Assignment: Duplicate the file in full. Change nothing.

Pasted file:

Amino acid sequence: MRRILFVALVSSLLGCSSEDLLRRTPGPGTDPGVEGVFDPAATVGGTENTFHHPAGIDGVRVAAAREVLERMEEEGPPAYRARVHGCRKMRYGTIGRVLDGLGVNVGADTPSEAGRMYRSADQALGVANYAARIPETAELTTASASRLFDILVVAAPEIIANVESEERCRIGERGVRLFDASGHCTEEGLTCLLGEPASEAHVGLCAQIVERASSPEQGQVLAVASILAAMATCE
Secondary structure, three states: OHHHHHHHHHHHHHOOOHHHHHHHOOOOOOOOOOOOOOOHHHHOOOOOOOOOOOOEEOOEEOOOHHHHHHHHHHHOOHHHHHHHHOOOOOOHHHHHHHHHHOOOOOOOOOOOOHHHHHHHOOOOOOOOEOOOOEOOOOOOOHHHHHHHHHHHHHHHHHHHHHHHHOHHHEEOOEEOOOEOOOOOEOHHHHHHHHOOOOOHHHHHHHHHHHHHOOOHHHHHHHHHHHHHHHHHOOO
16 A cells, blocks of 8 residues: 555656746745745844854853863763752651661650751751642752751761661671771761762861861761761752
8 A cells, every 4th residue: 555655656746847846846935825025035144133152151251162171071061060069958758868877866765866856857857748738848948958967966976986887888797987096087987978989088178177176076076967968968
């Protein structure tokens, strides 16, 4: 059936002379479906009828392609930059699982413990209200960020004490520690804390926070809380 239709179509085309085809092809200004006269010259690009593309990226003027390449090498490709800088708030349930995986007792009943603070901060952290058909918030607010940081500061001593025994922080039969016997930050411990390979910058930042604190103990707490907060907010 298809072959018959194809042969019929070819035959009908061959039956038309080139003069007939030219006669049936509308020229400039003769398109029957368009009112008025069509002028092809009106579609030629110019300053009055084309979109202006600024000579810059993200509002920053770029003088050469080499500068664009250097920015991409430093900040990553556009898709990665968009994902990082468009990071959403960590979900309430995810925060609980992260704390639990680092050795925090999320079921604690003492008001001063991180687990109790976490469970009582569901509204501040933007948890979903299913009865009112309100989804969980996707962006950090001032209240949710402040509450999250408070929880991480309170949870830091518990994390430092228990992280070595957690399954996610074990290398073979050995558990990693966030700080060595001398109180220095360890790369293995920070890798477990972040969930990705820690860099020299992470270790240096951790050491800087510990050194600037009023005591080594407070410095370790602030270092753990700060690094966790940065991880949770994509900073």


Amino acid sequence: MRRILFVALVSSLLGCSSEDLLRRTPGPGTDPGVEGVFDPAATVGGTENTFHHPAGIDGVRVAAAREVLERMEEEGPPAYRARVHGCRKMRYGTIGRVLDGLGVNVGADTPSEAGRMYRSADQALGVANYAARIPETAELTTASASRLFDILVVAAPEIIANVESEERCRIGERGVRLFDASGHCTEEGLTCLLGEPASEAHVGLCAQIVERASSPEQGQVLAVASILAAMATCE
Secondary structure, three states: OHHHHHHHHHHHHHOOOHHHHHHHOOOOOOOOOOOOOOOHHHHOOOOOOOOOOOOEEOOEEOOOHHHHHHHHHHHOOHHHHHHHHOOOOOOHHHHHHHHHHOOOOOOOOOOOOHHHHHHHOOOOOOOOEOOOOEOOOOOOOHHHHHHHHHHHHHHHHHHHHHHHHOHHHEEOOEEOOOEOOOOOEOHHHHHHHHOOOOOHHHHHHHHHHHHHOOOHHHHHHHHHHHHHHHHHOOO
16 A cells, blocks of 8 residues: 555656746745745844854853863763752651661650751751642752751761661671771761762861861761761752
8 A cells, every 4th residue: 555655656746847846846935825025035144133152151251162171071061060069958758868877866765866856857857748738848948958967966976986887888797987096087987978989088178177176076076967968968
């Protein structure tokens, strides 16, 4: 059936002379479906009828392609930059699982413990209200960020004490520690804390926070809380 239709179509085309085809092809200004006269010259690009593309990226003027390449090498490709800088708030349930995986007792009943603070901060952290058909918030607010940081500061001593025994922080039969016997930050411990390979910058930042604190103990707490907060907010 298809072959018959194809042969019929070819035959009908061959039956038309080139003069007939030219006669049936509308020229400039003769398109029957368009009112008025069509002028092809009106579609030629110019300053009055084309979109202006600024000579810059993200509002920053770029003088050469080499500068664009250097920015991409430093900040990553556009898709990665968009994902990082468009990071959403960590979900309430995810925060609980992260704390639990680092050795925090999320079921604690003492008001001063991180687990109790976490469970009582569901509204501040933007948890979903299913009865009112309100989804969980996707962006950090001032209240949710402040509450999250408070929880991480309170949870830091518990994390430092228990992280070595957690399954996610074990290398073979050995558990990693966030700080060595001398109180220095360890790369293995920070890798477990972040969930990705820690860099020299992470270790240096951790050491800087510990050194600037009023005591080594407070410095370790602030270092753990700060690094966790940065991880949770994509900073």